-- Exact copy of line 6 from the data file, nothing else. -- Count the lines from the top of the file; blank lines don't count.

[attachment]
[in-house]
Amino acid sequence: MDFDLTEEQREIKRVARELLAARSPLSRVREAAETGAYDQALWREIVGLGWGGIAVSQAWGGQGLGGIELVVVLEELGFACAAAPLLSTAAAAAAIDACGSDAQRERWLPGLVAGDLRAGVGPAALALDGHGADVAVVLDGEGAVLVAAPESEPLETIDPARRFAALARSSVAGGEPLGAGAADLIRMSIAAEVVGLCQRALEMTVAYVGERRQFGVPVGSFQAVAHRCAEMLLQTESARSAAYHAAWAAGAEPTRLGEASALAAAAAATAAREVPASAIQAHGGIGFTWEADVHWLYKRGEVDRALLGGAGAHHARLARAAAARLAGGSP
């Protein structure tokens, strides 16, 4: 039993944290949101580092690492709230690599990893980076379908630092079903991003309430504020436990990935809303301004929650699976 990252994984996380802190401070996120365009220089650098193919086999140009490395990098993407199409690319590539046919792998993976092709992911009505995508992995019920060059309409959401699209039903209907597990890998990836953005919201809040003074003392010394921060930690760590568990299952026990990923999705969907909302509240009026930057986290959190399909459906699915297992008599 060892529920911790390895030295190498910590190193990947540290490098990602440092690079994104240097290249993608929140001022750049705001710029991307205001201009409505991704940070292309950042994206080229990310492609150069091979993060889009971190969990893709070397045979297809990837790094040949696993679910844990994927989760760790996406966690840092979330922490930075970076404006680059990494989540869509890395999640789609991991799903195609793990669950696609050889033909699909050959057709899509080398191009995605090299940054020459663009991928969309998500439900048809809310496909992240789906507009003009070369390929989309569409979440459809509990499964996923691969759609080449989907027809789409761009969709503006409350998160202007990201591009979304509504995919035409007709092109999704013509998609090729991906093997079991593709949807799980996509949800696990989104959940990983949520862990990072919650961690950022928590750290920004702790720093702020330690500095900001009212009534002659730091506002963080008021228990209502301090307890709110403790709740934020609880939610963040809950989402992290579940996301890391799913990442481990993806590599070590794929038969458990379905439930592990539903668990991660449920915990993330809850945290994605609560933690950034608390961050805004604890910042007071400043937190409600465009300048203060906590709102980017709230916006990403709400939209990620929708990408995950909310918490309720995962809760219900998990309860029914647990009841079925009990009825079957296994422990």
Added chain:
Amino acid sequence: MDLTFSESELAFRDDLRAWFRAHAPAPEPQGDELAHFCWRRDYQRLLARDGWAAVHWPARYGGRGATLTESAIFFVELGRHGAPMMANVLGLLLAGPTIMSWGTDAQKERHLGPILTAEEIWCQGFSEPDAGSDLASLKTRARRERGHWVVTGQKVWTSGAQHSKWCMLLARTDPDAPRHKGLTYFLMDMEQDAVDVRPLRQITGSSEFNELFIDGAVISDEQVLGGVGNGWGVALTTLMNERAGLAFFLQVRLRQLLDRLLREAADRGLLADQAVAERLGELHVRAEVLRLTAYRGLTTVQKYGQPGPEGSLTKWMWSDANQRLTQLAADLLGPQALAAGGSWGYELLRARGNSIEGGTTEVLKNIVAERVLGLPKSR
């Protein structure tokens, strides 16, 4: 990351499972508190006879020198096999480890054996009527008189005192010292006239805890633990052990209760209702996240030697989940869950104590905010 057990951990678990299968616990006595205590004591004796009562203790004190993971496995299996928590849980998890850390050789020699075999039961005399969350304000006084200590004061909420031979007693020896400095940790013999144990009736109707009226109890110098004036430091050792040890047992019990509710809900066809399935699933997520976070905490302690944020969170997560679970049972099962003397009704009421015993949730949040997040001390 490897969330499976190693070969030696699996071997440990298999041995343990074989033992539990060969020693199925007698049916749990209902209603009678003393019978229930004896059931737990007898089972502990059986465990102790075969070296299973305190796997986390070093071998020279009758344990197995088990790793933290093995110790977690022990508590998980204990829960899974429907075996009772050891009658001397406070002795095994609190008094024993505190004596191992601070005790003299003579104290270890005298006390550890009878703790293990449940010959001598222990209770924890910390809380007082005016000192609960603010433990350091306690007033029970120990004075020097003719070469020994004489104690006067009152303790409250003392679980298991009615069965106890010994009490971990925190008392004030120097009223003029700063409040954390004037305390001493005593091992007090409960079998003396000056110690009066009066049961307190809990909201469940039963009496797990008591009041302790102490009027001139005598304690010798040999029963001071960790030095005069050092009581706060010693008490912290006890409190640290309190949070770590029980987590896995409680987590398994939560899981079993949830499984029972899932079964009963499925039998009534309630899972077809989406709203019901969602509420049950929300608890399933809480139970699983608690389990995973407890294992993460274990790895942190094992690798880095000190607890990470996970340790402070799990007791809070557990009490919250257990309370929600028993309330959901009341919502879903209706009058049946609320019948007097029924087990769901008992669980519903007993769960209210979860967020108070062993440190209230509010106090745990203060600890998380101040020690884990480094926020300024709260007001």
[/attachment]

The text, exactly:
């Protein structure tokens, strides 16, 4: 990351499972508190006879020198096999480890054996009527008189005192010292006239805890633990052990209760209702996240030697989940869950104590905010 057990951990678990299968616990006595205590004591004796009562203790004190993971496995299996928590849980998890850390050789020699075999039961005399969350304000006084200590004061909420031979007693020896400095940790013999144990009736109707009226109890110098004036430091050792040890047992019990509710809900066809399935699933997520976070905490302690944020969170997560679970049972099962003397009704009421015993949730949040997040001390 490897969330499976190693070969030696699996071997440990298999041995343990074989033992539990060969020693199925007698049916749990209902209603009678003393019978229930004896059931737990007898089972502990059986465990102790075969070296299973305190796997986390070093071998020279009758344990197995088990790793933290093995110790977690022990508590998980204990829960899974429907075996009772050891009658001397406070002795095994609190008094024993505190004596191992601070005790003299003579104290270890005298006390550890009878703790293990449940010959001598222990209770924890910390809380007082005016000192609960603010433990350091306690007033029970120990004075020097003719070469020994004489104690006067009152303790409250003392679980298991009615069965106890010994009490971990925190008392004030120097009223003029700063409040954390004037305390001493005593091992007090409960079998003396000056110690009066009066049961307190809990909201469940039963009496797990008591009041302790102490009027001139005598304690010798040999029963001071960790030095005069050092009581706060010693008490912290006890409190640290309190949070770590029980987590896995409680987590398994939560899981079993949830499984029972899932079964009963499925039998009534309630899972077809989406709203019901969602509420049950929300608890399933809480139970699983608690389990995973407890294992993460274990790895942190094992690798880095000190607890990470996970340790402070799990007791809070557990009490919250257990309370929600028993309330959901009341919502879903209706009058049946609320019948007097029924087990769901008992669980519903007993769960209210979860967020108070062993440190209230509010106090745990203060600890998380101040020690884990480094926020300024709260007001």